By Sarah York
One summer I was visiting in North Carolina from California, and my granddaughter Jennafer was attending day care at the Baptist Church. I would frequently pick her up there in the afternoons. In the lobby, I saw a long list of names on a bulletin board. At first I thought they were probably people who gave to a building fund. Then I saw the heading over the names. It read, “Intercessory Prayers.” Intercessory prayers are those offered on behalf of others. I read the names then with a prayerful attitude, knowing that each was in need of strength or healing for reasons I did not know.
Several years ago, before Eastern Airlines got gobbled up, the company was in a state of some distress. As I checked in for a flight, I asked the woman at the counter how she was doing. The tears began to flow, and she told me she was looking for another job. I went to the boarding area to wait for my flight and was surprised when she came over to me. Apparently she had seen “Reverend” next to my name. She told me that she had changed my seat to first class. Then she said, “Pray for me, Reverend.”
Prayer creates a caring space.
I told the young woman I would pray for her, and I did.
I like the way the Quakers express it. “I hold you in the Light,” they say. That’s a beautiful concept.
I do not always pray for people in the traditional way, but I keep a written list of the names of those I want to hold in the Light. It goes on a tag that I stick to my desktop, where I will see it several times a day. As I say people’s names, I hold them in the Light. This is more than thinking of them or caring for them or wishing them health. I call on a transcendent and mysterious power that I cannot name.
Scientific studies have been conducted to determine the power of prayer to heal people with illness. Some of these studies have demonstrated that even when people were not aware that others were praying for them, they have shown greater improvement than those in control groups.
This research suggests that somewhere in the mysteries of our universe, there might be a power – a healing power – available to us. It suggests that if all who gather in a community of caring offer a prayer or hold one another in the Light, it makes a difference.
When we gather in community and hold someone in the Light, we invite a healing power. We invite the power of love and grace. We invite the power of forgiveness and hope and reconciliation. We invite the power of inner strength and peace.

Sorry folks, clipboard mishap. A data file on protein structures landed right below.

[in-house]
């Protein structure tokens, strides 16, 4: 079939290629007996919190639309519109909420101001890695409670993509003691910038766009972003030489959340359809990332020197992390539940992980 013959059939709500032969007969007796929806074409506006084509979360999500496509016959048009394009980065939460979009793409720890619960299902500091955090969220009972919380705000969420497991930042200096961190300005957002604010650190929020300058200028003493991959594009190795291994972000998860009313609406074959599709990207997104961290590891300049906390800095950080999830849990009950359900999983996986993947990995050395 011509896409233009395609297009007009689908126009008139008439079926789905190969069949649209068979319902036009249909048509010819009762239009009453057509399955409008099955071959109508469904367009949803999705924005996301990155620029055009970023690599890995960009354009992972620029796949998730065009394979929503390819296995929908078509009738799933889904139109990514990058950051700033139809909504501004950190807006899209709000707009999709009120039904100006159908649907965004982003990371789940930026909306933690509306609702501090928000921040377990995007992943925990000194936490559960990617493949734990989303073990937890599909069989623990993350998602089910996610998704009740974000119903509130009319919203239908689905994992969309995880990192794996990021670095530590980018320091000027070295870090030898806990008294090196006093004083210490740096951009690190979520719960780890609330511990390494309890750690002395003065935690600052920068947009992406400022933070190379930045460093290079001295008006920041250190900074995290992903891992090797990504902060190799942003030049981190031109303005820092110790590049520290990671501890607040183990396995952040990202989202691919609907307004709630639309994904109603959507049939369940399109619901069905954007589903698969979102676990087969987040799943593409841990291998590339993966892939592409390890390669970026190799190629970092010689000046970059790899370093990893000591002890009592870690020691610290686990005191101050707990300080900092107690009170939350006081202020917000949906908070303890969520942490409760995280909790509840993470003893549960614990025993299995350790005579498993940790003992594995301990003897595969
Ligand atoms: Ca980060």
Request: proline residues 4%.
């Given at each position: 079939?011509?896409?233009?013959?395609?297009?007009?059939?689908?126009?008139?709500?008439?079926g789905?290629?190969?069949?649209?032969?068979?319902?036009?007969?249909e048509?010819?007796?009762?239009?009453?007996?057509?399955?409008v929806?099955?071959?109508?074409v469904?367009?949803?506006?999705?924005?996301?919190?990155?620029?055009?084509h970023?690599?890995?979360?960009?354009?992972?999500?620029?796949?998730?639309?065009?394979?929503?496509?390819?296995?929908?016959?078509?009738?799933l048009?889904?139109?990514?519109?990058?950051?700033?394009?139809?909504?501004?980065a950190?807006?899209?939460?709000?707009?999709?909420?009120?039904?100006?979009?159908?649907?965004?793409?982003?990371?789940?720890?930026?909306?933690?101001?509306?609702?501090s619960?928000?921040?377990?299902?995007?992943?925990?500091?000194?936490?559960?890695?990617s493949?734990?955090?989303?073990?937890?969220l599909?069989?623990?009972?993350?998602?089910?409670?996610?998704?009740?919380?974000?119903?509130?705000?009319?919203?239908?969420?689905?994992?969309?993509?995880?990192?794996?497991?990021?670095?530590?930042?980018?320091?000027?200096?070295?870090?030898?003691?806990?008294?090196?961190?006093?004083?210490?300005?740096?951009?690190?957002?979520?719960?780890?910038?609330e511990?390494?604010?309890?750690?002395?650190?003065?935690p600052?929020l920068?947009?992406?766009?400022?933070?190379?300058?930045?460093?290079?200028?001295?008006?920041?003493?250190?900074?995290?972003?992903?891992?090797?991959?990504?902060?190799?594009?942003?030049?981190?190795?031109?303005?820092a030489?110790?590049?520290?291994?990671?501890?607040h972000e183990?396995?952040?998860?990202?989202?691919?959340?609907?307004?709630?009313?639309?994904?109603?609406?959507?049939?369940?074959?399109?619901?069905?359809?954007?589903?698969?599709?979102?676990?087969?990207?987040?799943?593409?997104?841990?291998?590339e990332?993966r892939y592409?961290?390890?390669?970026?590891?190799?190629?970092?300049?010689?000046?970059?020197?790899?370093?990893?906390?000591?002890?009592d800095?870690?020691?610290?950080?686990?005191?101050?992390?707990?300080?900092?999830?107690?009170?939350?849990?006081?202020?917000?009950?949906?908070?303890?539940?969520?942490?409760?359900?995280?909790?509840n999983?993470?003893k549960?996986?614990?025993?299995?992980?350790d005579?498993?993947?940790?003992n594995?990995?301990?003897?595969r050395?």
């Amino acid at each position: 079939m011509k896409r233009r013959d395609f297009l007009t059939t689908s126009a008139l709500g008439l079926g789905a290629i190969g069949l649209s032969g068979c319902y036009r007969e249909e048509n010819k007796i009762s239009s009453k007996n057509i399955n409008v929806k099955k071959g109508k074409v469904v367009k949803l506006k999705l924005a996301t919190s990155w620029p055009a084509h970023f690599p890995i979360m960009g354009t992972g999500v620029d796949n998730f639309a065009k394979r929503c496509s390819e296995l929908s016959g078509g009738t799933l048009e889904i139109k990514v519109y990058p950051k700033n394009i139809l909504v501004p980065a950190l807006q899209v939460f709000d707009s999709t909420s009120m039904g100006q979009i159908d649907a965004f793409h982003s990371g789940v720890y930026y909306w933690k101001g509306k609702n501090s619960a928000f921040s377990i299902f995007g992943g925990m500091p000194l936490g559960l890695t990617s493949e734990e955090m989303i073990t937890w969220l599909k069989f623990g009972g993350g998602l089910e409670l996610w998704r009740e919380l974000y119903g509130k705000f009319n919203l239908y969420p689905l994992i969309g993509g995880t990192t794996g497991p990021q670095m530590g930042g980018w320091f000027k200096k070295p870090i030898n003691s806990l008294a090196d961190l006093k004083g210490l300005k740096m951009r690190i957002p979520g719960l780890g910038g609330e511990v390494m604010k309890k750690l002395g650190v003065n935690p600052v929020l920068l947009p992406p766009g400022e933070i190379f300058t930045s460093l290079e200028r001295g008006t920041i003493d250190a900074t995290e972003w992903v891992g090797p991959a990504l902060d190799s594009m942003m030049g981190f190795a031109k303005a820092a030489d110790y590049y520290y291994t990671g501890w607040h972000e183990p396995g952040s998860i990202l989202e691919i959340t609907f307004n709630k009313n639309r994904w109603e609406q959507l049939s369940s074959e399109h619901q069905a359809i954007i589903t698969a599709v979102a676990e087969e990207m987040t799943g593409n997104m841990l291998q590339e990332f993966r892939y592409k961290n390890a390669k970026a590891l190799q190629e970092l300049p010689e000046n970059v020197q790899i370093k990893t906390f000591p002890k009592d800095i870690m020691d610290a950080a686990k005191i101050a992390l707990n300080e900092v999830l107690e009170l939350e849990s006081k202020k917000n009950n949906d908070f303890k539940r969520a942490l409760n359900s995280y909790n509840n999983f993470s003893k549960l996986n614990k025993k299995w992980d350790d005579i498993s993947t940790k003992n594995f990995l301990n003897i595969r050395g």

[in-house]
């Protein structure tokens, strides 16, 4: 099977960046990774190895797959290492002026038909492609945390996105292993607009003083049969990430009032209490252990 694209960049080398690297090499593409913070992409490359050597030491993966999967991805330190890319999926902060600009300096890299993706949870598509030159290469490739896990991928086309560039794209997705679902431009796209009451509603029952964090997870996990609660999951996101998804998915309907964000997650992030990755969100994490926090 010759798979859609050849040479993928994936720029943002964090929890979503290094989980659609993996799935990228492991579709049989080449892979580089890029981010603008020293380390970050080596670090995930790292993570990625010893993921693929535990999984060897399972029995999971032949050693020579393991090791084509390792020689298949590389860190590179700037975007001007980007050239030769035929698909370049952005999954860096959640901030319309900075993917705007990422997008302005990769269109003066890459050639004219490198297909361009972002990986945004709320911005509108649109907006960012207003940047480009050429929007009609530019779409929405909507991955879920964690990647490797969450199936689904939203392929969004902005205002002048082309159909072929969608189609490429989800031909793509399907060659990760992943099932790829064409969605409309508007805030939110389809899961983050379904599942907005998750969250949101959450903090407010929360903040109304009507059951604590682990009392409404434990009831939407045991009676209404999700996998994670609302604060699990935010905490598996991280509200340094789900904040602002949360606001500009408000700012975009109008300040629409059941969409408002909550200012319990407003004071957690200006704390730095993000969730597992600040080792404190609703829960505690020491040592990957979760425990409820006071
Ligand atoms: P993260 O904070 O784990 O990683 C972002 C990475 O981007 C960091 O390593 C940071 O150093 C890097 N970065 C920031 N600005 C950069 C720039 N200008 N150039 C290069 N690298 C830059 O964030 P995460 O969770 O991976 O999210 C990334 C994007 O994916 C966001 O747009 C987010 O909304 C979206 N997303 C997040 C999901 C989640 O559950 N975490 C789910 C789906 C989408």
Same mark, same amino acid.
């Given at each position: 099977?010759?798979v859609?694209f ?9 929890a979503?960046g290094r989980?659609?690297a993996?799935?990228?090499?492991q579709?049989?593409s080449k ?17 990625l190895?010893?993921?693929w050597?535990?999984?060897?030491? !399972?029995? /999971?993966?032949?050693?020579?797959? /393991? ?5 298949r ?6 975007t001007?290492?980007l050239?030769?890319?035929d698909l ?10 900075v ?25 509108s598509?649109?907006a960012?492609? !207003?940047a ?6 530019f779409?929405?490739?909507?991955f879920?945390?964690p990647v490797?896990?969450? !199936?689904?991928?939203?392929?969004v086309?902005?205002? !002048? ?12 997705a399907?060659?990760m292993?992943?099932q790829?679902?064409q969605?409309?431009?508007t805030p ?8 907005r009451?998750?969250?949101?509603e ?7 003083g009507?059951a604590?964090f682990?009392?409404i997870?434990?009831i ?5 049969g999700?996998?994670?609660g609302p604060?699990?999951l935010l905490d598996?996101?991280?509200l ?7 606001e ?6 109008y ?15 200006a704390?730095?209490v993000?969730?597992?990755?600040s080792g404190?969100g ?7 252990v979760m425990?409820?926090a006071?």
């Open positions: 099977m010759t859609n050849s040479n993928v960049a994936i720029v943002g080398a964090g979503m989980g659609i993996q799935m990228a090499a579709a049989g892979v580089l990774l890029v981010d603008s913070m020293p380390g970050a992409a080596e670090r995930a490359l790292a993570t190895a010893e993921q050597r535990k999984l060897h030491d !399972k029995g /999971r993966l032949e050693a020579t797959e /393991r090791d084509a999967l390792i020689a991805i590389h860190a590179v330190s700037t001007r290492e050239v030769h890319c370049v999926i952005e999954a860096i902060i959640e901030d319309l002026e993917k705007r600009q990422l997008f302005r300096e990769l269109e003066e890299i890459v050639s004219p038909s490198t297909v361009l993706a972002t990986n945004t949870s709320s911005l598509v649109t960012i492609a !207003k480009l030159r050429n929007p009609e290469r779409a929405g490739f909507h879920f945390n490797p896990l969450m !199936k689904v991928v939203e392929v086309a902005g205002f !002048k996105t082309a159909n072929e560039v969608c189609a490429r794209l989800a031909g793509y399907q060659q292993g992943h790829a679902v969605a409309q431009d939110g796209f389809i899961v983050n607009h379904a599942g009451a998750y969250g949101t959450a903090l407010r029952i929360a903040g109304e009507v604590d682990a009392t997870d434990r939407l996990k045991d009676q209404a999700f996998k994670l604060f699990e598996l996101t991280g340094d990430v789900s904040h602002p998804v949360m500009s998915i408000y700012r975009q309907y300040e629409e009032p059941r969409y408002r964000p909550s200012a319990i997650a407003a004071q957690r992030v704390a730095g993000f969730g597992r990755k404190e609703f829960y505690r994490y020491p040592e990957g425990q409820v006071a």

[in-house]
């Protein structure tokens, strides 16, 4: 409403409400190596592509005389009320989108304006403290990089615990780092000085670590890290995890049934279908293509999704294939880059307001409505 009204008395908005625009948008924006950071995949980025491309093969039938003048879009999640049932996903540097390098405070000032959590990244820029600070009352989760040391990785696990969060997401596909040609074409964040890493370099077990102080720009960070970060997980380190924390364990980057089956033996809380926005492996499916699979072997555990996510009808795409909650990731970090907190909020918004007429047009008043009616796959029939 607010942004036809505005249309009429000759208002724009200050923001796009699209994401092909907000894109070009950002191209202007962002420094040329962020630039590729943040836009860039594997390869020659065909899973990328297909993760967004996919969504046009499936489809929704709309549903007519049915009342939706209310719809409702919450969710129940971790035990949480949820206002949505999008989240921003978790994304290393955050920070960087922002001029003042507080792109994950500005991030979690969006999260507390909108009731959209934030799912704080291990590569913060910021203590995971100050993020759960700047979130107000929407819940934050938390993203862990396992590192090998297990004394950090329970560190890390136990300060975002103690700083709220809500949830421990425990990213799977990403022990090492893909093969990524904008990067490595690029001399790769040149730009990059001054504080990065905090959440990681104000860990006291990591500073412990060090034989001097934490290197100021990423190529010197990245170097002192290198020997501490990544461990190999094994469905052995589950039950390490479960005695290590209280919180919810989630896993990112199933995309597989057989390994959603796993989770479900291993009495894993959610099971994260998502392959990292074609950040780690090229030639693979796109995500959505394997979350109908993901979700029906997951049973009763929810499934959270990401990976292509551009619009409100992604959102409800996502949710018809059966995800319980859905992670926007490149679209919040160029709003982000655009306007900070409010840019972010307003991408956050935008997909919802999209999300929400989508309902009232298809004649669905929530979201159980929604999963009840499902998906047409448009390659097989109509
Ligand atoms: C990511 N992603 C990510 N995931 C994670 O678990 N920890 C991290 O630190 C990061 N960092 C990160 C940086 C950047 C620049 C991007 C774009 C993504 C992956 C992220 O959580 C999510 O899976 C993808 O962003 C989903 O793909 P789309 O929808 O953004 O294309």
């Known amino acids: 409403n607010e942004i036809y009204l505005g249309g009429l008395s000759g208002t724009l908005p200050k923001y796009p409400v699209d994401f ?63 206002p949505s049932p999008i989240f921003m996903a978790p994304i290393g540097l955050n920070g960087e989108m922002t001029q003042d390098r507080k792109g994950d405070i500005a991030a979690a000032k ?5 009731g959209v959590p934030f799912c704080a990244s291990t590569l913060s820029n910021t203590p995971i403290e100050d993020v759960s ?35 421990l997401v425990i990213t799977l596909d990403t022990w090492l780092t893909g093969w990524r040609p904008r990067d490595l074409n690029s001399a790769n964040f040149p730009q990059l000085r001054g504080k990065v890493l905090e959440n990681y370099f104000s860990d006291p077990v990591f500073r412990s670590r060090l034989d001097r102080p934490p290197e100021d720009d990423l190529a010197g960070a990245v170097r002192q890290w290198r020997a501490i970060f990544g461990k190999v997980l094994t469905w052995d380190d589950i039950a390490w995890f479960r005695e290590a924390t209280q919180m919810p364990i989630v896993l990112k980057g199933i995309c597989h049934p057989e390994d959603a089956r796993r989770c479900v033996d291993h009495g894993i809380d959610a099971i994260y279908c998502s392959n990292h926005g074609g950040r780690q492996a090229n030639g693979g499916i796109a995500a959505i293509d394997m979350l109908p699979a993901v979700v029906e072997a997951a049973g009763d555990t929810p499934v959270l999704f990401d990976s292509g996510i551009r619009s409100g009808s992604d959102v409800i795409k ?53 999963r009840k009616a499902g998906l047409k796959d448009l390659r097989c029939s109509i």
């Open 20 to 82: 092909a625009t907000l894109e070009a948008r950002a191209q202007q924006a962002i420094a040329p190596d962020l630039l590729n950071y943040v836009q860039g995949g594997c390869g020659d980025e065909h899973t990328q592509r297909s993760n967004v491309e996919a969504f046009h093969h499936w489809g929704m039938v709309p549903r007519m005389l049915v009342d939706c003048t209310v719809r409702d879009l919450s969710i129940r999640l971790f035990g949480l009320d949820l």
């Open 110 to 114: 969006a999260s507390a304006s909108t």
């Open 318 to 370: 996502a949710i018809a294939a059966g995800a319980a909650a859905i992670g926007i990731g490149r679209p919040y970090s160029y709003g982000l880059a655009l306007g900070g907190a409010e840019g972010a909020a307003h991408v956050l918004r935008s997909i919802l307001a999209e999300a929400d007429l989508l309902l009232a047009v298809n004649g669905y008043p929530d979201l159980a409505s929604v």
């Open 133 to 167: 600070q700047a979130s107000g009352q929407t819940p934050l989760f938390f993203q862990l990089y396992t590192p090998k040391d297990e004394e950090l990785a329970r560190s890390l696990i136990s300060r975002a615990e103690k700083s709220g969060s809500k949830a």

Whether or not you pray, it is important to hold those who suffer or grieve in the Light and to say out loud, in another’s presence, that you are doing this. Light a candle and say a name – that is enough. Or join in a circle, inviting images of love and gratitude into the circle. If you are comfortable using that circle in a physical way to embrace a person in pain or grief, do it. If not, try doing it in words. I have participated in many communities where healing circles were offered. On a few occasions, feeling the need for the physical feeling of being held in the Light, I entered the circle and felt the loving energy that gathered in the center where I was held and held up. It works. Whether prayers are spoken, chanted or offered in a silent touch, this circle of caring works. There is a remarkable power in the sense of spiritual connection with others, known and unknown.
My colleague Rob Eller-Isaacs says, “I don’t really know if prayer makes things happen. But I have no doubt, prayer makes love flow.”
• Helping Your Bereaved Friend
• The Gift of Listening
• Simple Things Make a Difference
• Why Write Sympathy Notes?
Also by Sarah York:
• Giving Sorrow Words
• When an Infant Dies
• When a Teenager Dies
• Planning a Memorial Service after a Suicide
Sarah York is an author and Unitarian Universalist minister. Her book Remembering Well: Rituals for Celebrating Life and Mourning Death, now available in a new paperback edition, speaks to people who do not want a religious or spiritual context for ritual as well as those who do. The book received outstanding reviews from numerous publications, including Publishers Weekly, USA Today, The Washington Post, and the American Journal of Hospice and Palliative Care. Ms. York is semi-retired and is available as a keynote speaker and workshop presenter on topics related to her books.
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